The History of Licorice
Licorice is not a recent discovery. The ancient Egyptians used it as a pharmaceutical, and copious supplies were found in King Tut’s tomb. Egyptian hieroglyphics record the use of licorice as a popular beverage among the men of the time.
Manuscripts from 360 A.D. talk of licorice helping eye ailments, skin diseases, coughs, and loss of hair. Alexander the Great and Julius Caesar are on record as endorsing the benefits of eating licorice. Since the 14th century, it has been used to soothe coughs, colds, and bronchitis.
Napoleon Bonaparte found licorice soothing during battle; he allegedly ate so much of it that his teeth turned black. (Don’t worry. The amount of licorice found in most of today’s licorice candy will not discolor your teeth.)
Modern licorice candy dates from 17th century Holland. At the time, Holland was one of the world’s most powerful countries. Her intrepid sailors spread this wonderful delicacy to other European nations. Today, licorice candy is manufactured throughout Europe, America, and Australia.
The Health Benefits of Licorice
Licorice is especially useful in fighting bronchitis, upper respiratory catarrh, and coughs. It stimulates mucus production and helps to loosen sticky phlegm. It also contains a chemical that has cough-suppressant properties.
Licorice also helps reduce stomach acid and increases mucus secretion in the gastric tract, soothing irritation and inflammation. It can be used to fight heartburn, indigestion, and gastric and duodenal ulcers. It may also shorten the healing time of mouth ulcers.
Small amounts of licorice, such as those found in candies, do not pose a risk. However, licorice is a powerful drug, and serious health problems can result from taking it at medicinal levels for long periods of time.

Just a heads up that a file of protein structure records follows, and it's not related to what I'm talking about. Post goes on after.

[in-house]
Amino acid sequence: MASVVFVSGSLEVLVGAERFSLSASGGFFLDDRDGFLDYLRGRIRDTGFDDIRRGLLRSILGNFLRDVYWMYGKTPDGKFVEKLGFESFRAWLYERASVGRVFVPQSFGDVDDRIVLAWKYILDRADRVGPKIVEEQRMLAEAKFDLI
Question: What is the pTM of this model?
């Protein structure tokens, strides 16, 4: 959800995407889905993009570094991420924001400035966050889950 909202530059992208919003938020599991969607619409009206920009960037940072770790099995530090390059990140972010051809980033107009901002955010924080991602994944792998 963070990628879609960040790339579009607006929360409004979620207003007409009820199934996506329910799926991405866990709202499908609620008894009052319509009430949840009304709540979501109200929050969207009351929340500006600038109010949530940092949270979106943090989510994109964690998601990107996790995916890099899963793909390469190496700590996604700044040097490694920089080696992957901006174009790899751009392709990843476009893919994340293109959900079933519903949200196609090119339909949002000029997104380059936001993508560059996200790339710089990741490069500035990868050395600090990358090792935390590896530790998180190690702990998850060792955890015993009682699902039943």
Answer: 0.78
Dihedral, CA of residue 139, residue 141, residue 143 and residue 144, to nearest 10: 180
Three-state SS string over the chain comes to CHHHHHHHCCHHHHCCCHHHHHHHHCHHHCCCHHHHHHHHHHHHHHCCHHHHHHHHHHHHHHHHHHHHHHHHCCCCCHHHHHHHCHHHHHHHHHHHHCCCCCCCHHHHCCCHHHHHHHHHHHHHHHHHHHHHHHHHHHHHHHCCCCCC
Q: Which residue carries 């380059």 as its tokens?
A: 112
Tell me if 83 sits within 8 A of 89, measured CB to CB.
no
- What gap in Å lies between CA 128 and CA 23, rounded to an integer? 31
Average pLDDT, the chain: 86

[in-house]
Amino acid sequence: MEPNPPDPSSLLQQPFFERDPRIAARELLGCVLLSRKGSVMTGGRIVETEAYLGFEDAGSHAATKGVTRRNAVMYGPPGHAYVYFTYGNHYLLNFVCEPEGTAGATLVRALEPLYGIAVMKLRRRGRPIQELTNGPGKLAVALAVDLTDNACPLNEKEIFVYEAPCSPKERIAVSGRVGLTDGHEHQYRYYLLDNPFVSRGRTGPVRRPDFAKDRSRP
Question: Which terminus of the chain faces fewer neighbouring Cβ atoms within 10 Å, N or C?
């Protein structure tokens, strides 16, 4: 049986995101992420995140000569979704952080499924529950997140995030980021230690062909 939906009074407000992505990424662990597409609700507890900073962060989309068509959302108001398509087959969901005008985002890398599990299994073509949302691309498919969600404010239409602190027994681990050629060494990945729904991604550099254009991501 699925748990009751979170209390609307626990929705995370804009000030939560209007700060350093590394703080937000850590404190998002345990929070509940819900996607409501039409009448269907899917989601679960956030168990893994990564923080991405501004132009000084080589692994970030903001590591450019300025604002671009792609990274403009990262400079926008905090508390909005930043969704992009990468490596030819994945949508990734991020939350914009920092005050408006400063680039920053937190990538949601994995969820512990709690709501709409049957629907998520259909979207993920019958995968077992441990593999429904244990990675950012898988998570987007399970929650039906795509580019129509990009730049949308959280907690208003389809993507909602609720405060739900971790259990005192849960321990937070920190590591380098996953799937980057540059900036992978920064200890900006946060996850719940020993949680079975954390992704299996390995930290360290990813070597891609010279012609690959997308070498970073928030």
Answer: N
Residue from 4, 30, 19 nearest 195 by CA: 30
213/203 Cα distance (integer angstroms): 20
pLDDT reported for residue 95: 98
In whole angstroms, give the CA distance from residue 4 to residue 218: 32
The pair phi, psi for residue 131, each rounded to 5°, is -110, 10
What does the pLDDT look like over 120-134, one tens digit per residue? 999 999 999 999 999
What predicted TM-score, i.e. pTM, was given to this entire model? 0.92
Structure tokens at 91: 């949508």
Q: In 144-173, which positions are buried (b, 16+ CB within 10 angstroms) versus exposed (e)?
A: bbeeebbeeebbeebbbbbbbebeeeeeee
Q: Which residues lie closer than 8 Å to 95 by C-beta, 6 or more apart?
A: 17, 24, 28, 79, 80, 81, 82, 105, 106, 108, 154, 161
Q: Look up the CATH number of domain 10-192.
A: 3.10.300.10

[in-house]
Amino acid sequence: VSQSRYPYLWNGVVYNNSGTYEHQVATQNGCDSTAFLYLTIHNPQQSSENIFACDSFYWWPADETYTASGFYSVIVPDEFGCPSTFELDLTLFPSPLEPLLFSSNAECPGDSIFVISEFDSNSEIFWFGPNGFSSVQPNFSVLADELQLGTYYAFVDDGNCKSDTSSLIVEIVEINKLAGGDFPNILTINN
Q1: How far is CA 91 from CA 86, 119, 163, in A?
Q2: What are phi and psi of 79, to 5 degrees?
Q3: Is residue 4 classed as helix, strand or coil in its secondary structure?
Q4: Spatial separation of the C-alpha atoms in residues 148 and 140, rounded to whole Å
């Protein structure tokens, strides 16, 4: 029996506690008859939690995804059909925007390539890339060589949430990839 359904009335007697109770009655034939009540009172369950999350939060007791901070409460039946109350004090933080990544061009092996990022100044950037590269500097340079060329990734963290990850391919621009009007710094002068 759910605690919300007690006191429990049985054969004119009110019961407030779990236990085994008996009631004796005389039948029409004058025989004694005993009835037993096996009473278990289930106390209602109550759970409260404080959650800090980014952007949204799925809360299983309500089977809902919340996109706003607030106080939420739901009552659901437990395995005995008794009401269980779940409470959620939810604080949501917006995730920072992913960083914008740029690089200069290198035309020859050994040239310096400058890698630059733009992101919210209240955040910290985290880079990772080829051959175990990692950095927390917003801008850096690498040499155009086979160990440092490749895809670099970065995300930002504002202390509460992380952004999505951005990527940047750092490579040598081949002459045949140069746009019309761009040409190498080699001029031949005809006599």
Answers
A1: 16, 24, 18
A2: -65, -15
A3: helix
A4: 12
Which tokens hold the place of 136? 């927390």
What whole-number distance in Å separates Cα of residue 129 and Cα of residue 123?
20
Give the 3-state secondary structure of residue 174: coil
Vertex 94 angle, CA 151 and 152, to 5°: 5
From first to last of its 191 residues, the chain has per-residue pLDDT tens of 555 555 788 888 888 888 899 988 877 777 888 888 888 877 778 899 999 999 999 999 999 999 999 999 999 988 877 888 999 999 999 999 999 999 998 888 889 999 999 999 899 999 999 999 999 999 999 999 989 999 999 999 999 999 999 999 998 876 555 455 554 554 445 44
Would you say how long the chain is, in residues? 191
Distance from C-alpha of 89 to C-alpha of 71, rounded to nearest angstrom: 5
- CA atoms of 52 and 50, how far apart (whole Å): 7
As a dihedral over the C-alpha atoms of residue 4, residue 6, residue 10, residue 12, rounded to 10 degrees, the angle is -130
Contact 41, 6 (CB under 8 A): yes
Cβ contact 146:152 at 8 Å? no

People who have high blood pressure, glaucoma, diabetes, kidney or liver disease, as well as anyone who is taking digitalis or who has had a stroke or heart attack should limit their licorice intake.
Quick Facts About Licorice
The licorice plant, a shrub, is officially a weed. It is about four feet tall with purplish flowers and grows in hot, dry places.
Licorice root is one of the most popular herbs in the world. Its botanical name comes from the Greek words meaning "sweet root."
The ancient Greeks, Egyptians, Chinese, and Hindus recognized the natural medicinal qualities of licorice. Licorice helps relieve the pains that accompany certain types of ulcers, and it is good for the adrenal glands.
Carbenoxolone, a compound derived from licorice root, may help slow the effects of aging on the brain. Licorice root is a botanical ingredient in modern Chinese medicines used to manage cancers. Current research conducted at Rutgers, the State University of New Jersey, supports the use of licorice in the treatment of prostate and breast cancer.
In the United States, anise seed is a popular substitute flavoring for licorice. Although the anise seed has an unmistakable licorice flavor, it is not related to the European plant whose roots are the source of true licorice.
this is a great example for us, and a wealth of info: http://www.nlm.nih.gov/medlineplus/druginfo/natural/881.html
other websites of interest: